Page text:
How to write about "La La Land," the year's most seriously pleasurable entertainment, without making it sound like nostalgic goo? Let's give it a go. A five, six, seven, eight!
This is a wonderful, imperfect but, as recently noted in this sentence's first adjective, wonderful new musical full of actual human feeling (something unlocatable in "Moulin Rouge," for example). The 31-year-old writer-director, Damien Chazelle, has made a throwback/shoutout to musicals of various eras and directors past, deploying cinematic languages all but lost in the early 21st century.
Ryan Gosling stars as a stubbornly idealistic jazz pianist and aspiring club owner. More crucial to the film's success, Emma Stone co-stars as a striving, occasionally employed LA actress who, because she must eat, works the counter at a coffee shop on the Warner Brothers backlot. Like so many around her, she wonders how much longer she should chase dreams that will not return her calls. Stone is a revelation. After years of solid work in various genres, she comes alive here as never before.
There are more substantive and important cinematic achievements to consider in this end-of-year crunch time of quality, films with fewer flaws or sticking points. But I've seen "La La Land" three times now, and when it's good, it's great. I suppose it helps if you're a cheap trick for musicals going in. The movie begins with a fantastic production number called "Another Day of Sun," with Michel Legrand-tinged music, beautifully orchestrated as if the last few decades had never happened, by composer Justin Hurwitz (talk about a jazz-based gift for melody!).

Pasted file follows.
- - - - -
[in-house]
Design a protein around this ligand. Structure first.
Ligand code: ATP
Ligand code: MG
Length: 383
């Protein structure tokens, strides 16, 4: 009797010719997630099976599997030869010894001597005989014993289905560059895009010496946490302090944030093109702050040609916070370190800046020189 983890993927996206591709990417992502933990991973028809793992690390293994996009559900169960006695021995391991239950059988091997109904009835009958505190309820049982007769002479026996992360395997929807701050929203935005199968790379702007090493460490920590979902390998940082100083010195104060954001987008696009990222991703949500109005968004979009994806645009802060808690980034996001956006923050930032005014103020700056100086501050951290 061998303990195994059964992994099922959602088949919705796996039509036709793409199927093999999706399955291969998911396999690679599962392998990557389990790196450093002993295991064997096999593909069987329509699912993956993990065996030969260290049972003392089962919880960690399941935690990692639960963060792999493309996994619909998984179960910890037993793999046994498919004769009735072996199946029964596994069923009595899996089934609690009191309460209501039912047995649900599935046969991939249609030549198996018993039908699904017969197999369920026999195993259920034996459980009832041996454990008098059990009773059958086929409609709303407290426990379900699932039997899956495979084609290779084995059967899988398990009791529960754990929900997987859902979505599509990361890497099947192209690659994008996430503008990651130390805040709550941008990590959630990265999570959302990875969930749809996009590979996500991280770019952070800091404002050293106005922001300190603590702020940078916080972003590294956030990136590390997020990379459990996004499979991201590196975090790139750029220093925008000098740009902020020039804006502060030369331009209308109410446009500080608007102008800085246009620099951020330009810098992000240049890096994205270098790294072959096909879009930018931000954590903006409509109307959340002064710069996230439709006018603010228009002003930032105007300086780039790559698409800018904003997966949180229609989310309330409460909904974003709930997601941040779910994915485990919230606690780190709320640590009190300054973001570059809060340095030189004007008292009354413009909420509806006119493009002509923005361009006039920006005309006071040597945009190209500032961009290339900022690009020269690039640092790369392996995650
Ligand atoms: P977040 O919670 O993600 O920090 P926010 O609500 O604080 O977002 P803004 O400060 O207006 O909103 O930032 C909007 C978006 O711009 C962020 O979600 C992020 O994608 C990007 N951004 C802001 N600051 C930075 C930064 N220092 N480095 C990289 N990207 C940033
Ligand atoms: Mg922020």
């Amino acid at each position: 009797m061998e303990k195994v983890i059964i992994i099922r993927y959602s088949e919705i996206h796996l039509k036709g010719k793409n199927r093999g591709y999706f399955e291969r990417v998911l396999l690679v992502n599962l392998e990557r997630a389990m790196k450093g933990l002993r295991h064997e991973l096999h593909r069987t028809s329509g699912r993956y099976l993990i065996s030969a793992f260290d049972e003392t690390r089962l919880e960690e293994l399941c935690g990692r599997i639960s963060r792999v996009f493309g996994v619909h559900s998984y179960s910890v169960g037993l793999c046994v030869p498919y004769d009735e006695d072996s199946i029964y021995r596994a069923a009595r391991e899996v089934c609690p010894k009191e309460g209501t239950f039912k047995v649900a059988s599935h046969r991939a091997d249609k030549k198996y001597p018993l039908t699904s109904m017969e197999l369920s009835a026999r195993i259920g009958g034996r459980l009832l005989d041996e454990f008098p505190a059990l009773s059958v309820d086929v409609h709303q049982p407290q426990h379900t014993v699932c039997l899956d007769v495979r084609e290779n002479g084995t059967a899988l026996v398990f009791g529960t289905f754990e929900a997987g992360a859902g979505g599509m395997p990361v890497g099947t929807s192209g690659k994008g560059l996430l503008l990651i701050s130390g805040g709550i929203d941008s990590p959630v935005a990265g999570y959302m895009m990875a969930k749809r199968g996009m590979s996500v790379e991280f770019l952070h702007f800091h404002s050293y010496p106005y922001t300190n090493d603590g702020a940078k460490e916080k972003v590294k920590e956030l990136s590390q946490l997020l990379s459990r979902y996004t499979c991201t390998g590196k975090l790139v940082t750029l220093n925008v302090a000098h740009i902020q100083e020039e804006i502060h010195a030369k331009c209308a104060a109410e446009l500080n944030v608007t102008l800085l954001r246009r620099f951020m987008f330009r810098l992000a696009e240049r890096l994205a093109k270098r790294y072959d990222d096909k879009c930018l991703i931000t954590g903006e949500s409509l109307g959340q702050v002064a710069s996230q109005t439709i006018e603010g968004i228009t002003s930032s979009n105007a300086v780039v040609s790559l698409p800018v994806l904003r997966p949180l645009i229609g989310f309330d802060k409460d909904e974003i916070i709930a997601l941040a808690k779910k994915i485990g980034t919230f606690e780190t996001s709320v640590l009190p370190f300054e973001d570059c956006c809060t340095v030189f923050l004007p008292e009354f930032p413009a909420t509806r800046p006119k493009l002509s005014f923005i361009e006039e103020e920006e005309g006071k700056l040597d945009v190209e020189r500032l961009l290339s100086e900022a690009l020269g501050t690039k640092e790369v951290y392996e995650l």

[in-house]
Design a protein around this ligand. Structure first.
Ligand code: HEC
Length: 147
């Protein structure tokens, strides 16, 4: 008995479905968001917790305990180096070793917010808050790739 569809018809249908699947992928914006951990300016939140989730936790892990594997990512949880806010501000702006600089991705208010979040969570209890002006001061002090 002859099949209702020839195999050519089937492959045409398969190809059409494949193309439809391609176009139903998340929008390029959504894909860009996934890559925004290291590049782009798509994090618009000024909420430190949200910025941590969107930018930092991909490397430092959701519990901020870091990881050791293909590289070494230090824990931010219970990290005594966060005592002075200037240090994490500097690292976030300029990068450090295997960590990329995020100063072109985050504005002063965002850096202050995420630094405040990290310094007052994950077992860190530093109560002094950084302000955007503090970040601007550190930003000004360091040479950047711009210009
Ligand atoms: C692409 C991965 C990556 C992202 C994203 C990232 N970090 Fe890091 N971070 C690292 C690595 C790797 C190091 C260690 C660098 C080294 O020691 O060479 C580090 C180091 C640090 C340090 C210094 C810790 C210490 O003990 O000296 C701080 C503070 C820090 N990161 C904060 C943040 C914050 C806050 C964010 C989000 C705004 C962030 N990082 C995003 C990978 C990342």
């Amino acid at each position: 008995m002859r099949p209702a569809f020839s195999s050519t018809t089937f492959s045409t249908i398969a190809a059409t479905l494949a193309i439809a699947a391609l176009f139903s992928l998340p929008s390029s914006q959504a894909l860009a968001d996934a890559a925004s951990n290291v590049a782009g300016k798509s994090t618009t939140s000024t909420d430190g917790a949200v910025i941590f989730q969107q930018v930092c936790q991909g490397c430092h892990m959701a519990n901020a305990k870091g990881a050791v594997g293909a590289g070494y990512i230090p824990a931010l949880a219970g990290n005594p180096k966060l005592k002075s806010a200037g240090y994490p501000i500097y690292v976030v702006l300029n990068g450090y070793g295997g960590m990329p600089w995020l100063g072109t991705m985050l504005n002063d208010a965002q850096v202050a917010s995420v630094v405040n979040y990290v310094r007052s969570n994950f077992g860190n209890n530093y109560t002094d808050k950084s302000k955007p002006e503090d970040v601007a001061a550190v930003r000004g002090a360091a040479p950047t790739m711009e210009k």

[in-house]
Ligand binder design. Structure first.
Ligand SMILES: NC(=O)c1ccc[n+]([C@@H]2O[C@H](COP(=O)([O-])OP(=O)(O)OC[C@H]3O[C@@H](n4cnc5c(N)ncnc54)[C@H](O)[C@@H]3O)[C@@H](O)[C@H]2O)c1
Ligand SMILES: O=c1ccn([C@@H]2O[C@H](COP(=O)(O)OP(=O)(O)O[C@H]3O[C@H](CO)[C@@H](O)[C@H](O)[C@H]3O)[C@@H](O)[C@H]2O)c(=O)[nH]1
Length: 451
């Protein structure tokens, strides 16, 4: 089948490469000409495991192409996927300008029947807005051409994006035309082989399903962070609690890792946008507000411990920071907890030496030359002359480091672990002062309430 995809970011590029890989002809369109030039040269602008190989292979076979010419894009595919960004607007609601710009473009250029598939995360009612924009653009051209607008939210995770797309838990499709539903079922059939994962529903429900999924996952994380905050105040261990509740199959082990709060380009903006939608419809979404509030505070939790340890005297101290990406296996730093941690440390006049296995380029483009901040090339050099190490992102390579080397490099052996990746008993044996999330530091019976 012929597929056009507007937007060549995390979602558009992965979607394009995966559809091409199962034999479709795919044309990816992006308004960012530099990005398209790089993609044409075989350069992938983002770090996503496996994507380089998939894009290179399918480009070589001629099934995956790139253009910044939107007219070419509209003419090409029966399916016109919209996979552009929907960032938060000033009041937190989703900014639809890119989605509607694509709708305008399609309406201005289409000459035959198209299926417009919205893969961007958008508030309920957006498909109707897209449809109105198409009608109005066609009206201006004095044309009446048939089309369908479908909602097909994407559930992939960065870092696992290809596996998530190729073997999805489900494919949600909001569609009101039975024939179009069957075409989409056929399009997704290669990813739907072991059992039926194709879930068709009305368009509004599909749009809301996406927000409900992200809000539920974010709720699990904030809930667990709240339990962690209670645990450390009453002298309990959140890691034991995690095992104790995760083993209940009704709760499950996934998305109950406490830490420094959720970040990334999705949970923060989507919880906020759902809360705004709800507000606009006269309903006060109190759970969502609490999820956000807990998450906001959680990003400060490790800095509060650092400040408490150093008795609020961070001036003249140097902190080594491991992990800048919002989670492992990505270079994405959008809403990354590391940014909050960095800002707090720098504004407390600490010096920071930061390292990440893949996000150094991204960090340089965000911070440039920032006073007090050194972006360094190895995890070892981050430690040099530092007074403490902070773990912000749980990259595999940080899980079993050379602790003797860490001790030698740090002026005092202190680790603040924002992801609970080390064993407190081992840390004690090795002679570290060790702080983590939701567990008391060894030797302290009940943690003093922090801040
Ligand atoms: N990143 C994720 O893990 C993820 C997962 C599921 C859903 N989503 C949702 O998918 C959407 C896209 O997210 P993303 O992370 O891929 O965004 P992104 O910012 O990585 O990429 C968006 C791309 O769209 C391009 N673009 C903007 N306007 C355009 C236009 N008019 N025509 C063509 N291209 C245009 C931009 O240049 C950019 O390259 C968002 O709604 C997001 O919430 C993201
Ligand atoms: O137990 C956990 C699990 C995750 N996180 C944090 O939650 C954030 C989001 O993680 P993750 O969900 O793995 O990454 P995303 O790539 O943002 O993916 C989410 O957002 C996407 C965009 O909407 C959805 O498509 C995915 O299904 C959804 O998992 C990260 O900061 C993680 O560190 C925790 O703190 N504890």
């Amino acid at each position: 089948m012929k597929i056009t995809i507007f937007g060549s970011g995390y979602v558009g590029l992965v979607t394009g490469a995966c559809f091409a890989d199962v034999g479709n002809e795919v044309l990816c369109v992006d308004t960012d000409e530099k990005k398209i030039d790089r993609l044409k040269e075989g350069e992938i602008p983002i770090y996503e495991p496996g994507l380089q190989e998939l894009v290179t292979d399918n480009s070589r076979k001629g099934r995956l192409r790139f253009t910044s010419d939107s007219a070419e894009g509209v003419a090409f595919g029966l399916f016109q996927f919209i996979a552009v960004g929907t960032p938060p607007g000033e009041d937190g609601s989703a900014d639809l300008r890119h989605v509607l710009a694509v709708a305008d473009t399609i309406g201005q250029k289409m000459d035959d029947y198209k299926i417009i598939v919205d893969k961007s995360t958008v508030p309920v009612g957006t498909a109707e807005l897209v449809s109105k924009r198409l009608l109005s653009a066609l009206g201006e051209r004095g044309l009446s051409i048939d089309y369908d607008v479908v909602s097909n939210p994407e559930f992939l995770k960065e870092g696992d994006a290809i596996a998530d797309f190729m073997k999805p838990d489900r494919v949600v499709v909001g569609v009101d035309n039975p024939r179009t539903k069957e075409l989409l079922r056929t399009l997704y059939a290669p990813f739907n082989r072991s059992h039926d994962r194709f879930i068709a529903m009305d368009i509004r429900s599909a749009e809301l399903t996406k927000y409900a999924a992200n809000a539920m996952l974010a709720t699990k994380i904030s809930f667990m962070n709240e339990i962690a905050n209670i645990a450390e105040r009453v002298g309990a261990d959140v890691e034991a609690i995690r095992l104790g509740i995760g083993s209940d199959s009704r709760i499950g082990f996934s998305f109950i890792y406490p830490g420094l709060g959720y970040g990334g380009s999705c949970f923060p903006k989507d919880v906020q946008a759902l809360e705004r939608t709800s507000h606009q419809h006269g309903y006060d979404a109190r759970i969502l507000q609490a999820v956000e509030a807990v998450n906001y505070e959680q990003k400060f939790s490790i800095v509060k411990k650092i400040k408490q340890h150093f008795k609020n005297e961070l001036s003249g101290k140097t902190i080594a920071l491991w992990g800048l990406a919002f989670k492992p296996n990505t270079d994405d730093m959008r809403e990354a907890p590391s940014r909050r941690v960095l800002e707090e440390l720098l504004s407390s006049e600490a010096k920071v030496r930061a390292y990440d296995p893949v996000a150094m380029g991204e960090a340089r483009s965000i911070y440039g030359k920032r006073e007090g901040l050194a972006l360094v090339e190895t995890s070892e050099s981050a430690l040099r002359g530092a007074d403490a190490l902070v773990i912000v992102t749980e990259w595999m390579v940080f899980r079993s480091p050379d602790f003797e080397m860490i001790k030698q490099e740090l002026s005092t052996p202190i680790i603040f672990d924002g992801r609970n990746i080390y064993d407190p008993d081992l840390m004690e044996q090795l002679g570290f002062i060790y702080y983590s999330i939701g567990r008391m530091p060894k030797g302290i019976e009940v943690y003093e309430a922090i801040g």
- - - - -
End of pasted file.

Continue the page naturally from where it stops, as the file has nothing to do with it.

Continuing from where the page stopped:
That opener is staged in dazzlingly long takes, stitched digitally to look like a single event, in which motorists stuck on a traffic-clogged LA freeway leave their cars and pour out their show business aspirations while dancing, skateboarding, fan-dancing, stunt-biking, you name it. Then, in a crane shot Chazelle steals from Vincente Minnelli, Stanley Donen and every other director who knew how, and when, to deploy a crane shot, we see the entire, makeshift chorus in a great swerve of movement on the overpass. If "La La Land" worked on surge pricing, the way Uber does, people would gladly pay 20 bucks just to see the opening number again, right away.
This is Chazelle's third excellent movie in a row, following his 16 millimeter black-and-white debut musical "Guy and Madeline on a Park Bench" (2009) and the tightly coiled, almost comically intense "Whiplash" (2014). At its best "La La Land" hits three, four, five bells at once, reminding us of the multilayer satisfaction a musical can provide. Back in 1974, after Vietnam and two months before President Richard Nixon resigned in disgrace, the MGM musical compilation tribute "That's Entertainment!" found a large audience, its poster declaring: "Boy. Do we need it now." Just as Depression-era audiences thrilled to "Footlight Parade" and musicals that could turn ashen reality into pearly fantasy, and sometimes throw the two together, "La La Land" comes along at a time in our nation's existence when we appreciate the distraction. The kicker: Chazelle actually makes us care about the lovers in his slight, bittersweet but enormously heartfelt story.